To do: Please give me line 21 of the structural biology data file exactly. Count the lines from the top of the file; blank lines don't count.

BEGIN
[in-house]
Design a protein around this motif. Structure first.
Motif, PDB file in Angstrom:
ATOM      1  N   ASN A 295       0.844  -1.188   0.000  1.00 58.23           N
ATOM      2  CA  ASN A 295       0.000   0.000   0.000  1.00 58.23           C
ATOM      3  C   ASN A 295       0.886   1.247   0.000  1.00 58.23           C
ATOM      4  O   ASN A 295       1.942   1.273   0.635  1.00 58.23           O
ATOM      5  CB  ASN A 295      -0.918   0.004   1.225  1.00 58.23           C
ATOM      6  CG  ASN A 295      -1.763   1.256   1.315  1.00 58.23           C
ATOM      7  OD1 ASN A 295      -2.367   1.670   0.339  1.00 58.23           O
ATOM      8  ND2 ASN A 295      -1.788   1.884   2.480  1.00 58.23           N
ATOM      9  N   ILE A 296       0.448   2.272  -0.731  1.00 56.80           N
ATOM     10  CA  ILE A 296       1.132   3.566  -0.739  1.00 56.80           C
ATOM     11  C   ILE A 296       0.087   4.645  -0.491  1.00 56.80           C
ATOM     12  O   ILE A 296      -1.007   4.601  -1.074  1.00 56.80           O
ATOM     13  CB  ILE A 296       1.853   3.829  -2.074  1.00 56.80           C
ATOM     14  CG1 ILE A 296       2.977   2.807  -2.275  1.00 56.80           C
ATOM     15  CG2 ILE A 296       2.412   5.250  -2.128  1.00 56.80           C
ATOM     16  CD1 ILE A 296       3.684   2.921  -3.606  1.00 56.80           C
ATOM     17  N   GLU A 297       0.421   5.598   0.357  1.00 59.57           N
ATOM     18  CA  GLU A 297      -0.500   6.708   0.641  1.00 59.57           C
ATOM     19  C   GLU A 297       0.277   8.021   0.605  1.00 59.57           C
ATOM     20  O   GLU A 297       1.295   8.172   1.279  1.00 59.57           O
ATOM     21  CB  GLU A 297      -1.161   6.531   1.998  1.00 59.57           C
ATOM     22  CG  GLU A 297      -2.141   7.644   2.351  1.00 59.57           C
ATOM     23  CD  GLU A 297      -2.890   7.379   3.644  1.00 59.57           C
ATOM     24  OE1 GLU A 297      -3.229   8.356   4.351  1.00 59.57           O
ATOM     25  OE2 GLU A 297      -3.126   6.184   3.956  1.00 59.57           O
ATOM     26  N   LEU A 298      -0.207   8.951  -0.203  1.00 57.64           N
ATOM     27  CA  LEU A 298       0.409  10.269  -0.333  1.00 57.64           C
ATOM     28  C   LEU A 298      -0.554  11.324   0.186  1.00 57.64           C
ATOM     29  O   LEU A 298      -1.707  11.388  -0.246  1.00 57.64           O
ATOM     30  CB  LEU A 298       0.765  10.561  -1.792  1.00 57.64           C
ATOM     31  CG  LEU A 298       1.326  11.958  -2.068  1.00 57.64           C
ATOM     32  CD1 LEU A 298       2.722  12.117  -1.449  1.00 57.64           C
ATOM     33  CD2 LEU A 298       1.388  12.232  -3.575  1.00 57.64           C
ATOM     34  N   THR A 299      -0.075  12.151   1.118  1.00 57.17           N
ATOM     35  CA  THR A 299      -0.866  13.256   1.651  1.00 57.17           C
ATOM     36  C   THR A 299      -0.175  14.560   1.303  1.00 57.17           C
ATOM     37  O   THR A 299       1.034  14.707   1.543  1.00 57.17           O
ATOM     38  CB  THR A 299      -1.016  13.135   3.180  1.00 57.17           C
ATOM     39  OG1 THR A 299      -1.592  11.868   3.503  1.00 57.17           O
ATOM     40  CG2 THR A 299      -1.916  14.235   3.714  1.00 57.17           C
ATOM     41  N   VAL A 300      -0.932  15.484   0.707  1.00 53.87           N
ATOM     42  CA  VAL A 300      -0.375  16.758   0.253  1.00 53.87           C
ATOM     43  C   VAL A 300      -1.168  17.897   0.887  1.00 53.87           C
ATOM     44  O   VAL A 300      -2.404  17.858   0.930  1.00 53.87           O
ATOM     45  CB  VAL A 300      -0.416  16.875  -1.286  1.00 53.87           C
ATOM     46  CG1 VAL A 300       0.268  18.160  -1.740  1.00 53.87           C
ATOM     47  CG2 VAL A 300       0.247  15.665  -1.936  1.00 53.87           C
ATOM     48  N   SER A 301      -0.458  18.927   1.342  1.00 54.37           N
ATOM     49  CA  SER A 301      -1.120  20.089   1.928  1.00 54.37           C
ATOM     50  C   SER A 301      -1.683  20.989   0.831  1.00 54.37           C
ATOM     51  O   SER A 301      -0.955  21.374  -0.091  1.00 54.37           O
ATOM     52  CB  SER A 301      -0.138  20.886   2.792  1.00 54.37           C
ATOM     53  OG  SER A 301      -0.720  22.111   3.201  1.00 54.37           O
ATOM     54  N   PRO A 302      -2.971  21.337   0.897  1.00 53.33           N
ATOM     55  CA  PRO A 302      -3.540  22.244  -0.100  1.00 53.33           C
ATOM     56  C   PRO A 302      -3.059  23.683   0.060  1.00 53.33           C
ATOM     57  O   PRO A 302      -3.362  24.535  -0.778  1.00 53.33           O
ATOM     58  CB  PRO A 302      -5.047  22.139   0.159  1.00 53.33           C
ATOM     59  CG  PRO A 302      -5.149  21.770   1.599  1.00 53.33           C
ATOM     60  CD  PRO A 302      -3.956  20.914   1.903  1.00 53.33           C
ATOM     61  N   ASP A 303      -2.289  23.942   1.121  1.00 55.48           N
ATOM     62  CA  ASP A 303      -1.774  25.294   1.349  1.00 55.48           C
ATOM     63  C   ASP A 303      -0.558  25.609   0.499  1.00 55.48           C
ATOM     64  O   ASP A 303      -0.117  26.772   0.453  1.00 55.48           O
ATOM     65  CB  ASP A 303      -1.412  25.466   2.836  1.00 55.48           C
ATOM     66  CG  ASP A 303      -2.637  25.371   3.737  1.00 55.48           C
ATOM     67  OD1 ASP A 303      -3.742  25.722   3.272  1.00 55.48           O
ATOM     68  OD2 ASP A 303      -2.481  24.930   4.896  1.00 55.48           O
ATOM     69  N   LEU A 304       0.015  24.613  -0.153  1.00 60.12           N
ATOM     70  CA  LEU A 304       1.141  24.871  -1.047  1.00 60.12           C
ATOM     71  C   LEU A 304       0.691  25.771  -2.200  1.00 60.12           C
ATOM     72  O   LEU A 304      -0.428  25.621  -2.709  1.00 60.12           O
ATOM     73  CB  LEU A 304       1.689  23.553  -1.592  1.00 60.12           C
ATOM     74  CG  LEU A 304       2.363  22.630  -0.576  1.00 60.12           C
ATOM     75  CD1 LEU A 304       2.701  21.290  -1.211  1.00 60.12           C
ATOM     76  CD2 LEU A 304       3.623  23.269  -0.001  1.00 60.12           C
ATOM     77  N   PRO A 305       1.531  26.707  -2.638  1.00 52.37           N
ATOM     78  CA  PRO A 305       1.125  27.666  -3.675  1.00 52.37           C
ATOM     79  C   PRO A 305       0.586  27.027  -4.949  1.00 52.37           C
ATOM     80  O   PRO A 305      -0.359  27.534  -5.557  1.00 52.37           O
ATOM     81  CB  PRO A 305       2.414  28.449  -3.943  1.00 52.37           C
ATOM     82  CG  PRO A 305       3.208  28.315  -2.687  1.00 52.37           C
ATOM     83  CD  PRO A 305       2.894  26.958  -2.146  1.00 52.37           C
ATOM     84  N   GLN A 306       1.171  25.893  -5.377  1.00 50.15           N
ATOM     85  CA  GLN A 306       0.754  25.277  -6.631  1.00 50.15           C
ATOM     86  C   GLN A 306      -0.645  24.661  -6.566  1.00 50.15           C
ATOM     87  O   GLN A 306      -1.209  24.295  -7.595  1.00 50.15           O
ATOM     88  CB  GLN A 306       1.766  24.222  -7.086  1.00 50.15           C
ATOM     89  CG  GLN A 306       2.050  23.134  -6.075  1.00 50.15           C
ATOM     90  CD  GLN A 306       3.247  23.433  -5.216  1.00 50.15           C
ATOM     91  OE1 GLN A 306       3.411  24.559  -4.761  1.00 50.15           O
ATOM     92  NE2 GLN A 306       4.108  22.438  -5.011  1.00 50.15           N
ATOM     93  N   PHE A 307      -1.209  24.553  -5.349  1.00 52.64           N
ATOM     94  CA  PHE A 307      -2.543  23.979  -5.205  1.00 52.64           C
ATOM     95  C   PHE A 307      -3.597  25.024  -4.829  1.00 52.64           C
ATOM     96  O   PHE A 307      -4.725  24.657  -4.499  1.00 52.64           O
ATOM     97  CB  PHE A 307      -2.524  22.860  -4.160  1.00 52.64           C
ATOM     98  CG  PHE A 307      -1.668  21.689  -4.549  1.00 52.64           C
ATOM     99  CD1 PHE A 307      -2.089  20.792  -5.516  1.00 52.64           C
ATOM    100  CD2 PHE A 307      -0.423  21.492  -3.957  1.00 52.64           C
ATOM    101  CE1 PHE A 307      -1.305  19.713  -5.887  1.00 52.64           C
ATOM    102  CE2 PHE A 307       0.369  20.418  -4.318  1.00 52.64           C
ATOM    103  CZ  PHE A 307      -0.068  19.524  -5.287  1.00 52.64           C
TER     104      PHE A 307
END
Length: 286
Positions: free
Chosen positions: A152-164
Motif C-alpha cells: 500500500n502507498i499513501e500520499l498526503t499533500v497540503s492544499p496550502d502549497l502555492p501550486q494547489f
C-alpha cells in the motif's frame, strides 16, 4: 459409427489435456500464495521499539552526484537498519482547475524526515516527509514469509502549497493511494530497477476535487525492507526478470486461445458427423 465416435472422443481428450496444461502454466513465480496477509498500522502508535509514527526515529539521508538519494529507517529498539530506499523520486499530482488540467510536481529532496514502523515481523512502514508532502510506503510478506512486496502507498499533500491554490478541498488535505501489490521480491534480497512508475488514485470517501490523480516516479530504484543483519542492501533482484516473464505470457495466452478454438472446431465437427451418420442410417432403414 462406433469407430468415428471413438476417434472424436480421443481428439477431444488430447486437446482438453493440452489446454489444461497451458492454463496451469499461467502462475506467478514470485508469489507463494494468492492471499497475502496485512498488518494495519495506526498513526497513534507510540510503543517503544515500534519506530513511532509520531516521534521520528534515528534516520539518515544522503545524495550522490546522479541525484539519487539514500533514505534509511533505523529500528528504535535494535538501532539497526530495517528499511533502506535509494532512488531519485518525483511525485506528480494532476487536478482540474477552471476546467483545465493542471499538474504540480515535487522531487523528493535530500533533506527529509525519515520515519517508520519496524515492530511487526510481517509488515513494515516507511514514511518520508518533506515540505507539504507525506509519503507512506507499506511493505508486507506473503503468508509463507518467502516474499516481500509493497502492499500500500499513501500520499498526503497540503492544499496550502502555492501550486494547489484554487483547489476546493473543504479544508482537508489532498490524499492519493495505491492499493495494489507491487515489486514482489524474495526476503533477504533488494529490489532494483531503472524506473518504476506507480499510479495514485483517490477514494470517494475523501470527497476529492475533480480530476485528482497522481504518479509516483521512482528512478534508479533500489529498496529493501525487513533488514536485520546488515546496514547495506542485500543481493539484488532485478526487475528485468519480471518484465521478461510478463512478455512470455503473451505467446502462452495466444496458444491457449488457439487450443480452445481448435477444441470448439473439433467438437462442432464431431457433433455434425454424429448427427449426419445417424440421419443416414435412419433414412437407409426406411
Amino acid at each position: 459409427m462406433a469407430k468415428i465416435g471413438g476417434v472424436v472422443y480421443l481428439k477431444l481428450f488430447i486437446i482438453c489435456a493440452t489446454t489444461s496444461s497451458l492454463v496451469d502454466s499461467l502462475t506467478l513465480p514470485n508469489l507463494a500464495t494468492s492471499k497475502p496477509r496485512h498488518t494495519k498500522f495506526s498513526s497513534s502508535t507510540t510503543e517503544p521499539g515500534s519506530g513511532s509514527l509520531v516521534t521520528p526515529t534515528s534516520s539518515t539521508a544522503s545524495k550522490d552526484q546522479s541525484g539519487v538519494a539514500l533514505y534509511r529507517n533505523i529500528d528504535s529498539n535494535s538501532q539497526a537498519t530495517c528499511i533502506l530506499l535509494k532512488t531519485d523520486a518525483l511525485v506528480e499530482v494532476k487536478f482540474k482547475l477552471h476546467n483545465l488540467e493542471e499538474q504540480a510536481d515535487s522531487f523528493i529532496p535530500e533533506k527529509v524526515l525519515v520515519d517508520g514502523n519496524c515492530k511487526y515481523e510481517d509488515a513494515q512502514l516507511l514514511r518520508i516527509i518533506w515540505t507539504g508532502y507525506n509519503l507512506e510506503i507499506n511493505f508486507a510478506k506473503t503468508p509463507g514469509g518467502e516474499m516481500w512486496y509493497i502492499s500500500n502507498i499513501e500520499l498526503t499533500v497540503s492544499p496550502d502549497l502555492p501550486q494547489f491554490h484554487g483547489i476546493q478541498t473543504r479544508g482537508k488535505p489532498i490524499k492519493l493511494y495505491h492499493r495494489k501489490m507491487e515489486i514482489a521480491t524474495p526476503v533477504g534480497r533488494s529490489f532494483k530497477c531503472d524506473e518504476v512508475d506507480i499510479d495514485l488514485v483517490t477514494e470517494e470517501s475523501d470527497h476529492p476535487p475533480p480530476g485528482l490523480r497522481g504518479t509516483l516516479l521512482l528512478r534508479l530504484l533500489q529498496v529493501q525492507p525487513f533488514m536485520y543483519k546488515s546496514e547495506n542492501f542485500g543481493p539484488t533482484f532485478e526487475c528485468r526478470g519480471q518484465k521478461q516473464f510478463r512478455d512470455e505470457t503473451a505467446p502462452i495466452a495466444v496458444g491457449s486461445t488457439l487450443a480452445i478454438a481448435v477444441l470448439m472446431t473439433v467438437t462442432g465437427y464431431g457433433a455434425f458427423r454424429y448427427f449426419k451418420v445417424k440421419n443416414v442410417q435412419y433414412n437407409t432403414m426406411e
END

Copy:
ATOM     18  CA  GLU A 297      -0.500   6.708   0.641  1.00 59.57           C